(provided by candidate): This is a request for five more years of support via a NIH Independent Scientist Award (K02). I have long sought to integrate psychosocial and biological models of depression. I want to enhance my understanding of neurobiology and developmental processes in the nature and treatment of depression and to gain a better sense of basic genetic factors. I also want to continue to enhance the clinical realism (effectiveness) of my work. I am interested in whether cognitive therapy (CT) has a more enduring effect than antidepressant medications (ADM) and whether that enduring effect can extend to the prevention of depression in at-risk adolescents. We recently completed a placebo-controlled trial that showed that CT is as efficacious as ADM in the treatment moderate to severe depression and good as continuation ADM and better than ADM withdrawal in the prevention of subsequent relapse following treatment termination. I also completed a trial with colleagues in Seattle that largely replicated these findings and further suggested that behavioral activation (BA) may be superior to CT in the treatment of more complex patients. We are conducting a multisite trial with colleagues at Penn and Rush that asks whether adding CT to ADM can eliminate the need to keep patients on maintenance medications. We continue to study the impact of treatment on the offspring of our depressed patients and we plan to examine the genetic factors that moderate and the neurobiological processes that mediate CT's enduring effect. Finally, we are conducting a study to see if CBT can be used to prevent the onset of depression in at-risk adolescents and also plan to implement a placebo-controlled comparison of BA and ADM (alone and in combination) in the treatment of adolescent depression with colleagues in Seattle. My goal throughout has been to examine the role of both psychological and biological processes in the moderation and mediation of treatment effects and to do so in a manner that has the greatest possible impact on actual clinical practice.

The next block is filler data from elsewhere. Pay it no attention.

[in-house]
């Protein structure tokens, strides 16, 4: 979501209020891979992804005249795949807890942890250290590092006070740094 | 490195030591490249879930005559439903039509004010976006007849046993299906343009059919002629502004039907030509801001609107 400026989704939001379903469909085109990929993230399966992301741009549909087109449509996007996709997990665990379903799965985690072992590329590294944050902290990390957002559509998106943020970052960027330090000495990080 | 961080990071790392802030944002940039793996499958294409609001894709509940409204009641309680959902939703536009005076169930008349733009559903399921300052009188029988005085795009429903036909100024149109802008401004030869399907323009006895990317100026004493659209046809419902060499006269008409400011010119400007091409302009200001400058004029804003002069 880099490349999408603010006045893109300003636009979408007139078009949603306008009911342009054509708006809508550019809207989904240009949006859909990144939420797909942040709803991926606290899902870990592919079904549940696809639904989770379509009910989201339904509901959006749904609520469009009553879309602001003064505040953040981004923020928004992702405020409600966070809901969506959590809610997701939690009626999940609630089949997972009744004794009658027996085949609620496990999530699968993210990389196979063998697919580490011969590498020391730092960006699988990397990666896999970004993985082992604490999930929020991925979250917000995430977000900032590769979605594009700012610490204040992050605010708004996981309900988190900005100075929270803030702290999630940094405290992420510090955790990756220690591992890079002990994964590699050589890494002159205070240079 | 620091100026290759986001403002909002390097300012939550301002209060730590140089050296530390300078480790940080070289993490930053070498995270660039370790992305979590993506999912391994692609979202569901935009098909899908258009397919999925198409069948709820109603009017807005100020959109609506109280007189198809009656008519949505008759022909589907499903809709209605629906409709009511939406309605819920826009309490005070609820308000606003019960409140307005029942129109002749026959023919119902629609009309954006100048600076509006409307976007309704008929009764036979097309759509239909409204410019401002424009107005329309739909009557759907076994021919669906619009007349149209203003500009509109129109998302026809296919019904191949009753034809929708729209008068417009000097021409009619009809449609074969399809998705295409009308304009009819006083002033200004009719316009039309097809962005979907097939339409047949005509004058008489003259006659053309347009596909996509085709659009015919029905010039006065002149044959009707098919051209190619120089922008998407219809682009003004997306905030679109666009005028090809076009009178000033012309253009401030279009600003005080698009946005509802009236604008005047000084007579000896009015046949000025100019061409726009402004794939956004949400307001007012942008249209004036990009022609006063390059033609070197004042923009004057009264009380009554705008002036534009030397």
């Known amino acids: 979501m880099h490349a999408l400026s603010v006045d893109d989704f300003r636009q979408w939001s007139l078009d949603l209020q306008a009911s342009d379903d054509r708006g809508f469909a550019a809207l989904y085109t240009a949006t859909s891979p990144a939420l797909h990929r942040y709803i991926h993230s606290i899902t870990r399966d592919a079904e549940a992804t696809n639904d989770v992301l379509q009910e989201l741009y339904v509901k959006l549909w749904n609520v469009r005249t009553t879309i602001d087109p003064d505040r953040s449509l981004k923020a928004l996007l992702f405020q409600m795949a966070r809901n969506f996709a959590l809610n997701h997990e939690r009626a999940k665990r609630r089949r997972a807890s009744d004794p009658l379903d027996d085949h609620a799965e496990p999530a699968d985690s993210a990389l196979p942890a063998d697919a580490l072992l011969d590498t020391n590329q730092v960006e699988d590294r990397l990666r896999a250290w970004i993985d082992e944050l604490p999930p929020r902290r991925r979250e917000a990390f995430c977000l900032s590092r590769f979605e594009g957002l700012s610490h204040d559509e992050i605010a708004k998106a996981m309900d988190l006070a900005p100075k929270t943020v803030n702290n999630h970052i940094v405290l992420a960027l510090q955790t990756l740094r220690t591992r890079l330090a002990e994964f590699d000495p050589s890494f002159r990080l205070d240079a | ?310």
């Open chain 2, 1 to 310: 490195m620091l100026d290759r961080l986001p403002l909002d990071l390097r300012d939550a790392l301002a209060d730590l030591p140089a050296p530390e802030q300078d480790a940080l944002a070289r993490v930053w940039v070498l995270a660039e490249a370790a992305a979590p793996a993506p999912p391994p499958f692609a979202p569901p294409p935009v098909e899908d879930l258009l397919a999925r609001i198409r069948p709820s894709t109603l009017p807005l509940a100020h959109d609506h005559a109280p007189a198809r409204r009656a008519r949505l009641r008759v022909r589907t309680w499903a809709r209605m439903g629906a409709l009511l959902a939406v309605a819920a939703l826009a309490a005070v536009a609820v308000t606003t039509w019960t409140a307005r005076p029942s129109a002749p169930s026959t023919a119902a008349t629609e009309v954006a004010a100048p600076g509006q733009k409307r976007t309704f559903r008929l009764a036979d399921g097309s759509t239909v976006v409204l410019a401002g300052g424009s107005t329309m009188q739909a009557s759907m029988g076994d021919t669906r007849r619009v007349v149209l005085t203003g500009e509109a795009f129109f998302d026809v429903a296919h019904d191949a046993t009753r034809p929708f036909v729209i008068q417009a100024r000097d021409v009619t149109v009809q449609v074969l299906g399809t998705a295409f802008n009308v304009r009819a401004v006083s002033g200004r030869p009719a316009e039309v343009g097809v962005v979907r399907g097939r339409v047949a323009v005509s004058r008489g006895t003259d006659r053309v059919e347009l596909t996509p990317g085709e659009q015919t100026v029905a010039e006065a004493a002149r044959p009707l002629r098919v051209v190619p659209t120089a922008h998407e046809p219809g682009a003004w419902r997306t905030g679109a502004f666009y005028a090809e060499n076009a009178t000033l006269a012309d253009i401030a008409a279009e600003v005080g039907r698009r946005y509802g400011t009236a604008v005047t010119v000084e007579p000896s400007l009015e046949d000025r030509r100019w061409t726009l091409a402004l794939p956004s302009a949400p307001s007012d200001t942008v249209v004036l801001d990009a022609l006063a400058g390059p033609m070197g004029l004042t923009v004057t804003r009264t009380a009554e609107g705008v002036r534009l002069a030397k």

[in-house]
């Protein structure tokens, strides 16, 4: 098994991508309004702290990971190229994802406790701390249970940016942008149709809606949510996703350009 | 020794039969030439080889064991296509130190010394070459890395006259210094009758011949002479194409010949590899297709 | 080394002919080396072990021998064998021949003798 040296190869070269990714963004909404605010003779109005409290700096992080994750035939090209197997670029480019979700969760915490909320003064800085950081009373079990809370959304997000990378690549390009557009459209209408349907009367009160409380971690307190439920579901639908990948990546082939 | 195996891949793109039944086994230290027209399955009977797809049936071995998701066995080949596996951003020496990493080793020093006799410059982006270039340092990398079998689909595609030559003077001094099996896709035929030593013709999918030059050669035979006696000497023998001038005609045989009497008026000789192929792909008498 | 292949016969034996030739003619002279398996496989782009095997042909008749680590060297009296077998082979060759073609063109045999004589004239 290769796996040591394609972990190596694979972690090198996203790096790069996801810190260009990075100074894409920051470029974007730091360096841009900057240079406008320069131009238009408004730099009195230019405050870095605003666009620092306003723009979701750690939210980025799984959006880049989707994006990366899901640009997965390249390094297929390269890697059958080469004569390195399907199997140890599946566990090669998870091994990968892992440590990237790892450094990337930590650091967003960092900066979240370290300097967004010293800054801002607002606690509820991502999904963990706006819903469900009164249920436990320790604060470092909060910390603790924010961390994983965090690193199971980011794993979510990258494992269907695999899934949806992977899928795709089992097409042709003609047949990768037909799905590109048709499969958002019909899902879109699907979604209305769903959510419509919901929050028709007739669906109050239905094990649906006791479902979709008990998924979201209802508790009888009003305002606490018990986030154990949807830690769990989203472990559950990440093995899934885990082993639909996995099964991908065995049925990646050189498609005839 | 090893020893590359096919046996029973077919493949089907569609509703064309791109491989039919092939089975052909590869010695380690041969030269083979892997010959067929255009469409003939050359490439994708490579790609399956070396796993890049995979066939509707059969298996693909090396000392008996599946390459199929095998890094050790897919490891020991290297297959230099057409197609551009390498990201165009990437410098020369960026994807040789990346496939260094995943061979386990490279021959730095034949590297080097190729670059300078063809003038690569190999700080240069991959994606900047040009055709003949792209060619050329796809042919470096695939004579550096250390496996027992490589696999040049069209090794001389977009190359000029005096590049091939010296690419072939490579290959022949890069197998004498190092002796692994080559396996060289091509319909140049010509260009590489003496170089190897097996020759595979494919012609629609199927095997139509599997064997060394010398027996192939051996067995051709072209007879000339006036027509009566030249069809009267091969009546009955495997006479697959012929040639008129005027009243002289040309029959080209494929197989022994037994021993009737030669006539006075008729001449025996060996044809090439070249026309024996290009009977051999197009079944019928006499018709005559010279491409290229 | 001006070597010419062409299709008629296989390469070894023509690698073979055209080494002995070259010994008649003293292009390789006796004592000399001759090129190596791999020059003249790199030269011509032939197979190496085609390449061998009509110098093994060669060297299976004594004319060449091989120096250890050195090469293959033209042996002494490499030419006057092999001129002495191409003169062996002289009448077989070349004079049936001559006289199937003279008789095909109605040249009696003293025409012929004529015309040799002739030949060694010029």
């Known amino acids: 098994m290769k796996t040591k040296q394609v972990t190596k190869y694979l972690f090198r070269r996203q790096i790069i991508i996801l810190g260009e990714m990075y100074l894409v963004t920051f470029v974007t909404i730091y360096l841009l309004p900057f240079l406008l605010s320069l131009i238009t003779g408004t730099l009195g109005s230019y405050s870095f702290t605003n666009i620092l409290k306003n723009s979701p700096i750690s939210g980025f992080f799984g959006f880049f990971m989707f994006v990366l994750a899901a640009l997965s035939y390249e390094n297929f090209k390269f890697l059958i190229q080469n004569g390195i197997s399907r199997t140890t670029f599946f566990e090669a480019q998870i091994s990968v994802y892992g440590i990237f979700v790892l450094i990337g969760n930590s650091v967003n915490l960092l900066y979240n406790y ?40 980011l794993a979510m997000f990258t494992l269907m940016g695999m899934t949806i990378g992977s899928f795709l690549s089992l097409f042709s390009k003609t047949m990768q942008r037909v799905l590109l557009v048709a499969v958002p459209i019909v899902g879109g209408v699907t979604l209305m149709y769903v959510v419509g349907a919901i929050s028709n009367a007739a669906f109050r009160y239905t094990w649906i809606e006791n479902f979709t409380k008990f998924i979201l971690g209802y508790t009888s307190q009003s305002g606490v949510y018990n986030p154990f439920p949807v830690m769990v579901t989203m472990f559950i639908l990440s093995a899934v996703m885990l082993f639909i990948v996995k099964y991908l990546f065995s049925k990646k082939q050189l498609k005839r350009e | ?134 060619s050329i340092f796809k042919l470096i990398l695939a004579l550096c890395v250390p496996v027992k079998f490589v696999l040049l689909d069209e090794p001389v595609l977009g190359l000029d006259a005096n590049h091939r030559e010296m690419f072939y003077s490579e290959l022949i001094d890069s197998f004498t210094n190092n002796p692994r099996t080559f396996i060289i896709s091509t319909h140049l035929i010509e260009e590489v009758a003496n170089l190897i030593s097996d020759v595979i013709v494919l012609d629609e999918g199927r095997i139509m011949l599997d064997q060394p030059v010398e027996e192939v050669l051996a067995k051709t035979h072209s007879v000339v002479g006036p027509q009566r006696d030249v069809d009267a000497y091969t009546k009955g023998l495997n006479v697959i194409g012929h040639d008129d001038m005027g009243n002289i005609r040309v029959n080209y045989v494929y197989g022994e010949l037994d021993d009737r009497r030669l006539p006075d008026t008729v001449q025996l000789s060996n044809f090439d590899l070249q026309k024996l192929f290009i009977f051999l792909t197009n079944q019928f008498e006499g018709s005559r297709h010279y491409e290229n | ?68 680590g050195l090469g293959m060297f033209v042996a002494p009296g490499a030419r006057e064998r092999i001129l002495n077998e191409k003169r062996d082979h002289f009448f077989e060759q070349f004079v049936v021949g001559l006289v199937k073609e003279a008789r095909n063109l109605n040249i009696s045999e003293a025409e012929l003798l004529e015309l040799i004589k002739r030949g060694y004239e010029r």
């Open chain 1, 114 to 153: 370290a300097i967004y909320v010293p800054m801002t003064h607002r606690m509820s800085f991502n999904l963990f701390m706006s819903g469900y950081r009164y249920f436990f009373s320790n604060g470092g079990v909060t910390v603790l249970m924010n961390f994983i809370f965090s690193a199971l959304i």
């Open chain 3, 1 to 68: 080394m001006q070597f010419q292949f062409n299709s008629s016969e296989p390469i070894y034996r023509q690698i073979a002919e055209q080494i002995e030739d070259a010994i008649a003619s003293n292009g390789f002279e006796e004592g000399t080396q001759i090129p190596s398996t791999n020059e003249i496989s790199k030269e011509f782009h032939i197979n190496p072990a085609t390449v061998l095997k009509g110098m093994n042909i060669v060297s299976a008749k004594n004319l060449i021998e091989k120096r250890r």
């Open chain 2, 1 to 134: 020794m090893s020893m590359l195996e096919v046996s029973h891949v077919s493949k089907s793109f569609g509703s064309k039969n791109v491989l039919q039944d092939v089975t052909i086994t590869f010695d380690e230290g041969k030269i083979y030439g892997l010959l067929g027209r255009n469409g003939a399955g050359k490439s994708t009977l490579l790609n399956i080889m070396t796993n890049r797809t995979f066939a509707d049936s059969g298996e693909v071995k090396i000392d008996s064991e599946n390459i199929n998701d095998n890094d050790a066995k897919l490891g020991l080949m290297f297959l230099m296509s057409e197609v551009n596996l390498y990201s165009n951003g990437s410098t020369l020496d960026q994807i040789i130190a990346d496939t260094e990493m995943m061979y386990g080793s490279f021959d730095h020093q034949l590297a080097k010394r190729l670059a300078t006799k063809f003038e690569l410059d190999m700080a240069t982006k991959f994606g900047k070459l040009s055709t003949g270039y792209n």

Agency
National Institute of Health (NIH)
Institute
National Institute of Mental Health (NIMH)
Type
Research Scientist Development Award - Research (K02)
Project #
5K02MH001697-10
Application #
7656826
Study Section
Interventions Research Review Committee (ITV)
Program Officer
Pearson, Jane L
Project Start
2005-09-29
Project End
2010-06-30
Budget Start
2009-07-01
Budget End
2010-06-30
Support Year
10
Fiscal Year
2009
Total Cost
$120,355
Indirect Cost
Name
Vanderbilt University Medical Center
Department
Psychiatry
Type
Schools of Medicine
DUNS #
004413456
City
Nashville
State
TN
Country
United States
Zip Code
37212
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Keefe, John R; Webb, Christian A; DeRubeis, Robert J (2016) In cognitive therapy for depression, early focus on maladaptive beliefs may be especially efficacious for patients with personality disorders. J Consult Clin Psychol 84:353-64
Hollon, Steven D; DeRubeis, Robert J; Fawcett, Jan et al. (2014) Effect of cognitive therapy with antidepressant medications vs antidepressants alone on the rate of recovery in major depressive disorder: a randomized clinical trial. JAMA Psychiatry 71:1157-64
Webb, Christian A; Derubeis, Robert J; Hollon, Steven D et al. (2013) Convergence and divergence in the delivery of cognitive therapy in two randomized clinical trials. Behav Res Ther 51:493-8
Ponniah, Kathryn; Magiati, Iliana; Hollon, Steven D (2013) An update on the efficacy of psychological therapies in the treatment of obsessive-compulsive disorder in adults. J Obsessive Compuls Relat Disord 2:207-218
Forand, Nicholas R; Derubeis, Robert J (2013) Pretreatment anxiety predicts patterns of change in cognitive behavioral therapy and medications for depression. J Consult Clin Psychol 81:774-82

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